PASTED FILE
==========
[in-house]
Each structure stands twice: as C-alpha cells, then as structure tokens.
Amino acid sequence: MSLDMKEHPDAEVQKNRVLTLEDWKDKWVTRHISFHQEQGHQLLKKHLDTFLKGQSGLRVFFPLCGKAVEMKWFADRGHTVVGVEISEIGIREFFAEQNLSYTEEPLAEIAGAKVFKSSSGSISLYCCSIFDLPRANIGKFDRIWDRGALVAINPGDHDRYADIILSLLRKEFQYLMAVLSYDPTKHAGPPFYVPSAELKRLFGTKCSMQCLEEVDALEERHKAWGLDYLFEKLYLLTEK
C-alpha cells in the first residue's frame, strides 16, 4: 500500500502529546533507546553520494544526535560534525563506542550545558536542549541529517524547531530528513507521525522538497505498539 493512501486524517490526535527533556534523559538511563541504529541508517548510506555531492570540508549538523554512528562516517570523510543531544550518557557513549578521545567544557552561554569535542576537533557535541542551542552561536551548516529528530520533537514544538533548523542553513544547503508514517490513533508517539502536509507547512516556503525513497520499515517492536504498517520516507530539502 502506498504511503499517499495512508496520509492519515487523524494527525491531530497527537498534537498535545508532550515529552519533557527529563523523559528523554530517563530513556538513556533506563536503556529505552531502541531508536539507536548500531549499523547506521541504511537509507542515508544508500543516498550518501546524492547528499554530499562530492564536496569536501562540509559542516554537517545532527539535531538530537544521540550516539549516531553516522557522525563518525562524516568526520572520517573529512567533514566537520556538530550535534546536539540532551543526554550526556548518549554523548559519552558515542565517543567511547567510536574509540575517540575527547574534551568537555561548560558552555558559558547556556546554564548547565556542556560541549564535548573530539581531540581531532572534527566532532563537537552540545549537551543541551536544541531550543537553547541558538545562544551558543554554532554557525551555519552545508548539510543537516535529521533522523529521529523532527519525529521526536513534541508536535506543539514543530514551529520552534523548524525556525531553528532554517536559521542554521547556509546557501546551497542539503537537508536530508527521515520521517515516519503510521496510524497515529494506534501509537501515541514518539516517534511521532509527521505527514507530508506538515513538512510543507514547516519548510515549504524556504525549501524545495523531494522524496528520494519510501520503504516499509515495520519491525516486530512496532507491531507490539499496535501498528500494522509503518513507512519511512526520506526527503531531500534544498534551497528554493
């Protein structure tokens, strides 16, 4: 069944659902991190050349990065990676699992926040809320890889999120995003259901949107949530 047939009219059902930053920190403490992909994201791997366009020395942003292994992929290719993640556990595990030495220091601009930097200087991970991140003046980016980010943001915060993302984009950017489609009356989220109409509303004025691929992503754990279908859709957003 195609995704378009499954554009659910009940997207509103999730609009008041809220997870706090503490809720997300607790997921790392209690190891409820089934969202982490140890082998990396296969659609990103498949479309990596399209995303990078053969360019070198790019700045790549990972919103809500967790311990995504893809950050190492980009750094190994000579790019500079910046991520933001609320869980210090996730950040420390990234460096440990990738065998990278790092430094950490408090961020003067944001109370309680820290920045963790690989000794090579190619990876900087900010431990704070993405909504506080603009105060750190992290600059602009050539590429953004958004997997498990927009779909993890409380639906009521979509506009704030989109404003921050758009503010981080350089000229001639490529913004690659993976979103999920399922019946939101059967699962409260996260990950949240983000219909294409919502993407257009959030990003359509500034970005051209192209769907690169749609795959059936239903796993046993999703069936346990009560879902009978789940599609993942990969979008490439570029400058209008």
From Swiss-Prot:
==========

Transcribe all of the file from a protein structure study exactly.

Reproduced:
[in-house]
Each structure stands twice: as C-alpha cells, then as structure tokens.
Amino acid sequence: MSLDMKEHPDAEVQKNRVLTLEDWKDKWVTRHISFHQEQGHQLLKKHLDTFLKGQSGLRVFFPLCGKAVEMKWFADRGHTVVGVEISEIGIREFFAEQNLSYTEEPLAEIAGAKVFKSSSGSISLYCCSIFDLPRANIGKFDRIWDRGALVAINPGDHDRYADIILSLLRKEFQYLMAVLSYDPTKHAGPPFYVPSAELKRLFGTKCSMQCLEEVDALEERHKAWGLDYLFEKLYLLTEK
C-alpha cells in the first residue's frame, strides 16, 4: 500500500502529546533507546553520494544526535560534525563506542550545558536542549541529517524547531530528513507521525522538497505498539 493512501486524517490526535527533556534523559538511563541504529541508517548510506555531492570540508549538523554512528562516517570523510543531544550518557557513549578521545567544557552561554569535542576537533557535541542551542552561536551548516529528530520533537514544538533548523542553513544547503508514517490513533508517539502536509507547512516556503525513497520499515517492536504498517520516507530539502 502506498504511503499517499495512508496520509492519515487523524494527525491531530497527537498534537498535545508532550515529552519533557527529563523523559528523554530517563530513556538513556533506563536503556529505552531502541531508536539507536548500531549499523547506521541504511537509507542515508544508500543516498550518501546524492547528499554530499562530492564536496569536501562540509559542516554537517545532527539535531538530537544521540550516539549516531553516522557522525563518525562524516568526520572520517573529512567533514566537520556538530550535534546536539540532551543526554550526556548518549554523548559519552558515542565517543567511547567510536574509540575517540575527547574534551568537555561548560558552555558559558547556556546554564548547565556542556560541549564535548573530539581531540581531532572534527566532532563537537552540545549537551543541551536544541531550543537553547541558538545562544551558543554554532554557525551555519552545508548539510543537516535529521533522523529521529523532527519525529521526536513534541508536535506543539514543530514551529520552534523548524525556525531553528532554517536559521542554521547556509546557501546551497542539503537537508536530508527521515520521517515516519503510521496510524497515529494506534501509537501515541514518539516517534511521532509527521505527514507530508506538515513538512510543507514547516519548510515549504524556504525549501524545495523531494522524496528520494519510501520503504516499509515495520519491525516486530512496532507491531507490539499496535501498528500494522509503518513507512519511512526520506526527503531531500534544498534551497528554493
């Protein structure tokens, strides 16, 4: 069944659902991190050349990065990676699992926040809320890889999120995003259901949107949530 047939009219059902930053920190403490992909994201791997366009020395942003292994992929290719993640556990595990030495220091601009930097200087991970991140003046980016980010943001915060993302984009950017489609009356989220109409509303004025691929992503754990279908859709957003 195609995704378009499954554009659910009940997207509103999730609009008041809220997870706090503490809720997300607790997921790392209690190891409820089934969202982490140890082998990396296969659609990103498949479309990596399209995303990078053969360019070198790019700045790549990972919103809500967790311990995504893809950050190492980009750094190994000579790019500079910046991520933001609320869980210090996730950040420390990234460096440990990738065998990278790092430094950490408090961020003067944001109370309680820290920045963790690989000794090579190619990876900087900010431990704070993405909504506080603009105060750190992290600059602009050539590429953004958004997997498990927009779909993890409380639906009521979509506009704030989109404003921050758009503010981080350089000229001639490529913004690659993976979103999920399922019946939101059967699962409260996260990950949240983000219909294409919502993407257009959030990003359509500034970005051209192209769907690169749609795959059936239903796993046993999703069936346990009560879902009978789940599609993942990969979008490439570029400058209008």
From Swiss-Prot: